Airbus and Boeing finish 2020: different stories and signs of trouble

Thor Jorgen Udvang /

While Boeing had its hands full with the Boeing 737 MAX crisis, Airbus had a record 2019 in terms of deliveries after a frantic December. 2020, was a year of a lot of highs and lows for both, including troubling signs for the pair.

All in all, Airbus delivered 556 aircraft, while Boeing handed off 157 jets to its customers.

All according to plan

The Toulouse, France-based manufacturer noted that the 556 deliveries, coming short of the 863 deliveries completed in 2019, was in line with its “adaptation plan set out in April 2020 in response to the COVID-19 pandemic.”

Airbus’ most-popular products have remained the narrow-body families, in particular the A320 aircraft family. The company delivered 10 A220-100s, 28 A220-300s, three A319ceo and A320ceo, respectively, and nine A321ceo. The new engine option (neo) A320s and A321s were once again the hottest products in Airbus lineups, as the manufacturer shipped off 253 A320neos and 178 A321neos to airlines across the globe. In total, customers accepted 484 narrow-body aircraft – 206 fewer than compared to a year prior, when Airbus completed 690 single-aisle deliveries.

On the wide-body front, though, the numbers are mellower. 19 Airbus A330 and 59 Airbus A350 aircraft were delivered, including four A380s to Emirates, totaling 83 wide-bodies – a number that is more than 50% lower than in 2019 (173).

The European aircraft manufacturer indicated that it received 268 net orders throughout the year, accounting for 115 cancelations. Its backlog stood at 7,184 aircraft, 298 fewer than at the end of 2019. At the same time, its production numbers were also re-adjusted according to current demand – the manufacturer now produces four A220, 40 A320 family aircraft, two A330 and five A350 aircraft per month.

Troubled A330

While the narrow-body planes and the Airbus A350 have a healthy order book, the biggest struggle for Airbus will be the situation of the A330. In total, the manufacturer has 298 A330 on order, including 16 A330-200 and eight A330-300.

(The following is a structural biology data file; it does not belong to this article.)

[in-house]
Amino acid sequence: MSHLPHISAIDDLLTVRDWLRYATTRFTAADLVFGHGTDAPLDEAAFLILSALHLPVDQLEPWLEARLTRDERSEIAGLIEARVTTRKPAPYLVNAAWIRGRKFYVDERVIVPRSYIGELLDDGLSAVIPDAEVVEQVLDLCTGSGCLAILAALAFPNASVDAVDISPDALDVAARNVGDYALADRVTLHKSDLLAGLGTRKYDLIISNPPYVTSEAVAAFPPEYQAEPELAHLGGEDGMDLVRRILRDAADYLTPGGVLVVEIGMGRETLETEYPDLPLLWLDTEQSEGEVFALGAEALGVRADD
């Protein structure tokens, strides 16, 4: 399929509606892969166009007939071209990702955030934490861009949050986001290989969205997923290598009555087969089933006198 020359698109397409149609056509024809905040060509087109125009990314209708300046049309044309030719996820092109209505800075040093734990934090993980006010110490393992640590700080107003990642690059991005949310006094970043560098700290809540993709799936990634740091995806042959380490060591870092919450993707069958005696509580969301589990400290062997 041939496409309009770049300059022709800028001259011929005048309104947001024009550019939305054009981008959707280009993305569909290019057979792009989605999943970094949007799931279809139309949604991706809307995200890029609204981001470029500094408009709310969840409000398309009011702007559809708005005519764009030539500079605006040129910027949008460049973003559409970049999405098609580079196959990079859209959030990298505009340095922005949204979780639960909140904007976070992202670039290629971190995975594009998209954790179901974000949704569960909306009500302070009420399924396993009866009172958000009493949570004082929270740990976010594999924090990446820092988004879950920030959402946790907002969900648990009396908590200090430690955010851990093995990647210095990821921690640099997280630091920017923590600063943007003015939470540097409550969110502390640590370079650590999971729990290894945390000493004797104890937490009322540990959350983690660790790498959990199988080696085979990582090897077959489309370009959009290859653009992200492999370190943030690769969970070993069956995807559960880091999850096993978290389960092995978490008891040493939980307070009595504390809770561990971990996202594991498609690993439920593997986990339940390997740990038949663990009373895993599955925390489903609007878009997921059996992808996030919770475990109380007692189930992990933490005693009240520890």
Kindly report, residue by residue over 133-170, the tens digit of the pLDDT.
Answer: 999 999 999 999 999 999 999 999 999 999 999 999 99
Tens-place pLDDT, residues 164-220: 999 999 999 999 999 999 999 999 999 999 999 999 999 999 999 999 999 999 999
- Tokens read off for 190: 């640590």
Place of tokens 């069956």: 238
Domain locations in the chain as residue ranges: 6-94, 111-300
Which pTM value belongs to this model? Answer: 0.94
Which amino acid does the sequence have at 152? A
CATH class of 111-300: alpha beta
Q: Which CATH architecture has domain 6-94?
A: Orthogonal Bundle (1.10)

The A330neo, unfortunately, was not the blockbuster that Airbus could have expected it to be. Pushed by AirAsia to re-engine the A330, almost 25% of the A330neo’s backlog was held by the Malaysian low-cost carrier. However, financial issues have crippled the airline and it has seen its debt grow massively over the years. Adding in the current downturn in travel to the mix meant that AirAsia X, the long-haul arm of AirAsia, was forced to restructure its debt. While, according to the latest reports, the majority of the carrier’s lessors are in support of the plan, and the company has received interest from potential investors to raise funds, some are not happy.

BOC Aviation, an aircraft leasing company, and airport operator Malaysia Airports Bhd has called AirAsia X “hopelessly insolvent,” while Airbus filled an affidavit that it could lose up to $5 billion in aircraft orders if the restructuring plan does proceed.

If AirAsia X does restructure its debt and leaves Airbus’ orders behind, nearly 25% of outstanding A330neo orders would be wiped out. Add in the uncertainty of orders hailing from Iran Air, as Iran is currently under strict economic sanctions, and the new engine option wide-body has more than a third of its backlog empty. Throughout 2020, airlines have canceled 17 orders for the A330 family: three A330F, six A330-300 and seven A330-900neo orders were removed from Airbus’ order book. If worst comes to worst and the manufacturer would eventually lose AirAsia X’s order, that would leave it with 252 A330neo deliveries remaining (12 A330-800 and 240 A330-900, excluding two units that were already shipped to AirAsia X). At a production rate of two aircraft per month, questions of the program’s profitability can be raised, if such a low production number is sustained for a long period of time. Customer demand for the aircraft currently can be questioned as well, as, for example, Airbus was even able to deliver an A330 Multi Role Tanker Transport (MRTT) ahead of schedule to the French Ministry of Armed Forces in July 2020.